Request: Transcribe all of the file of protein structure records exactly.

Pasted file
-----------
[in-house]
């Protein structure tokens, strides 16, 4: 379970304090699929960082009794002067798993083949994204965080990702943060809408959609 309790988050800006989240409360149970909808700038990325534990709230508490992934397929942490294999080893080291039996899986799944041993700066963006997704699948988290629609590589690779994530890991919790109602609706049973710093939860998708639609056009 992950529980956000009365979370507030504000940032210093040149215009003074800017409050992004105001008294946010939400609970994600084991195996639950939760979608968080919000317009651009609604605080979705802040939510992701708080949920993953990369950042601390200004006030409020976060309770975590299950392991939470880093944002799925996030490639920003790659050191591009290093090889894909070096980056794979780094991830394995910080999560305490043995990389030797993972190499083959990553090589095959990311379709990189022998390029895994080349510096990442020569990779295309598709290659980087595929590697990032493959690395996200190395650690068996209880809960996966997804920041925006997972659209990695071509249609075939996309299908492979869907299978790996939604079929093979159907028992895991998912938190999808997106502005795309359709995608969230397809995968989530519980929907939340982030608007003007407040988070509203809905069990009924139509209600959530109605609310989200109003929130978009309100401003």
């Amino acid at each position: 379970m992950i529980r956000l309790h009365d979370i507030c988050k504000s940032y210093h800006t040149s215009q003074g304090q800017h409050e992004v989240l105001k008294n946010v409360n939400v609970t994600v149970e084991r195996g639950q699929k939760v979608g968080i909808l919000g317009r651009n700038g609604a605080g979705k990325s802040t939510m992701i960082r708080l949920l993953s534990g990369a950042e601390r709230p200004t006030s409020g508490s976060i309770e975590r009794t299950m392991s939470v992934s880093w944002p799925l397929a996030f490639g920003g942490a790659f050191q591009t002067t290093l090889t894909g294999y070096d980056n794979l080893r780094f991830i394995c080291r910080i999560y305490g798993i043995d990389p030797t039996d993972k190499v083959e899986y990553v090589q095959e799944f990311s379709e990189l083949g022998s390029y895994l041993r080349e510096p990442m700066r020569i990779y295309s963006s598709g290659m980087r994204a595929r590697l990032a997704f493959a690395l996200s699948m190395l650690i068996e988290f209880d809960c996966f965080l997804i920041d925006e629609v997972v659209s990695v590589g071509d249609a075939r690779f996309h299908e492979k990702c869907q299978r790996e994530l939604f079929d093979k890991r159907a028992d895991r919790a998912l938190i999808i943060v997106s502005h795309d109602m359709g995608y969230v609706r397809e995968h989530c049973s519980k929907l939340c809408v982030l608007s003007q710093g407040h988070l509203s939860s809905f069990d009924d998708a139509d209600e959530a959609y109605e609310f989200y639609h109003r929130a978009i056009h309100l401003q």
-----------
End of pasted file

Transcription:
[in-house]
């Protein structure tokens, strides 16, 4: 379970304090699929960082009794002067798993083949994204965080990702943060809408959609 309790988050800006989240409360149970909808700038990325534990709230508490992934397929942490294999080893080291039996899986799944041993700066963006997704699948988290629609590589690779994530890991919790109602609706049973710093939860998708639609056009 992950529980956000009365979370507030504000940032210093040149215009003074800017409050992004105001008294946010939400609970994600084991195996639950939760979608968080919000317009651009609604605080979705802040939510992701708080949920993953990369950042601390200004006030409020976060309770975590299950392991939470880093944002799925996030490639920003790659050191591009290093090889894909070096980056794979780094991830394995910080999560305490043995990389030797993972190499083959990553090589095959990311379709990189022998390029895994080349510096990442020569990779295309598709290659980087595929590697990032493959690395996200190395650690068996209880809960996966997804920041925006997972659209990695071509249609075939996309299908492979869907299978790996939604079929093979159907028992895991998912938190999808997106502005795309359709995608969230397809995968989530519980929907939340982030608007003007407040988070509203809905069990009924139509209600959530109605609310989200109003929130978009309100401003």
């Amino acid at each position: 379970m992950i529980r956000l309790h009365d979370i507030c988050k504000s940032y210093h800006t040149s215009q003074g304090q800017h409050e992004v989240l105001k008294n946010v409360n939400v609970t994600v149970e084991r195996g639950q699929k939760v979608g968080i909808l919000g317009r651009n700038g609604a605080g979705k990325s802040t939510m992701i960082r708080l949920l993953s534990g990369a950042e601390r709230p200004t006030s409020g508490s976060i309770e975590r009794t299950m392991s939470v992934s880093w944002p799925l397929a996030f490639g920003g942490a790659f050191q591009t002067t290093l090889t894909g294999y070096d980056n794979l080893r780094f991830i394995c080291r910080i999560y305490g798993i043995d990389p030797t039996d993972k190499v083959e899986y990553v090589q095959e799944f990311s379709e990189l083949g022998s390029y895994l041993r080349e510096p990442m700066r020569i990779y295309s963006s598709g290659m980087r994204a595929r590697l990032a997704f493959a690395l996200s699948m190395l650690i068996e988290f209880d809960c996966f965080l997804i920041d925006e629609v997972v659209s990695v590589g071509d249609a075939r690779f996309h299908e492979k990702c869907q299978r790996e994530l939604f079929d093979k890991r159907a028992d895991r919790a998912l938190i999808i943060v997106s502005h795309d109602m359709g995608y969230v609706r397809e995968h989530c049973s519980k929907l939340c809408v982030l608007s003007q710093g407040h988070l509203s939860s809905f069990d009924d998708a139509d209600e959530a959609y109605e609310f989200y639609h109003r929130a978009i056009h309100l401003q």